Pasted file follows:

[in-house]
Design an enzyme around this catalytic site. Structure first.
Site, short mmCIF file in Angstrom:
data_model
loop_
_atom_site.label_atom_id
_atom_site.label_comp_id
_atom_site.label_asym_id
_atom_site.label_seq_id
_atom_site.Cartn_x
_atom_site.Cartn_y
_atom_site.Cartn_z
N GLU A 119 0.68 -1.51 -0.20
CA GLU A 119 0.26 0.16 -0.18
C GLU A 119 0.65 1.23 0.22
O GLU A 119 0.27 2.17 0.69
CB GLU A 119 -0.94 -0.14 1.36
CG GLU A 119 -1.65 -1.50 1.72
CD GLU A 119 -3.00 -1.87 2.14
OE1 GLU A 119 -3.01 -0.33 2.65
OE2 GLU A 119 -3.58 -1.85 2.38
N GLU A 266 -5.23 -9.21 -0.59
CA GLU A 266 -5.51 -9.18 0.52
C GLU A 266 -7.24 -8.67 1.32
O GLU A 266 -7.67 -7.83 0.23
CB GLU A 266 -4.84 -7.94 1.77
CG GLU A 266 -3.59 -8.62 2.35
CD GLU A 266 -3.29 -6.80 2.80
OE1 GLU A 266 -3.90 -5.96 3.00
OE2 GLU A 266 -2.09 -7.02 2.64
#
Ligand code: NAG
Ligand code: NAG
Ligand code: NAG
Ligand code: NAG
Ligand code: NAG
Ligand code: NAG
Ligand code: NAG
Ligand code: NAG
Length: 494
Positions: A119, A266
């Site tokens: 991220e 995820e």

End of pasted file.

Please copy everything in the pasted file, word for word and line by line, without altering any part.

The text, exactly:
[in-house]
Design an enzyme around this catalytic site. Structure first.
Site, short mmCIF file in Angstrom:
data_model
loop_
_atom_site.label_atom_id
_atom_site.label_comp_id
_atom_site.label_asym_id
_atom_site.label_seq_id
_atom_site.Cartn_x
_atom_site.Cartn_y
_atom_site.Cartn_z
N GLU A 119 0.68 -1.51 -0.20
CA GLU A 119 0.26 0.16 -0.18
C GLU A 119 0.65 1.23 0.22
O GLU A 119 0.27 2.17 0.69
CB GLU A 119 -0.94 -0.14 1.36
CG GLU A 119 -1.65 -1.50 1.72
CD GLU A 119 -3.00 -1.87 2.14
OE1 GLU A 119 -3.01 -0.33 2.65
OE2 GLU A 119 -3.58 -1.85 2.38
N GLU A 266 -5.23 -9.21 -0.59
CA GLU A 266 -5.51 -9.18 0.52
C GLU A 266 -7.24 -8.67 1.32
O GLU A 266 -7.67 -7.83 0.23
CB GLU A 266 -4.84 -7.94 1.77
CG GLU A 266 -3.59 -8.62 2.35
CD GLU A 266 -3.29 -6.80 2.80
OE1 GLU A 266 -3.90 -5.96 3.00
OE2 GLU A 266 -2.09 -7.02 2.64
#
Ligand code: NAG
Ligand code: NAG
Ligand code: NAG
Ligand code: NAG
Ligand code: NAG
Ligand code: NAG
Ligand code: NAG
Ligand code: NAG
Length: 494
Positions: A119, A266
């Site tokens: 991220e 995820e």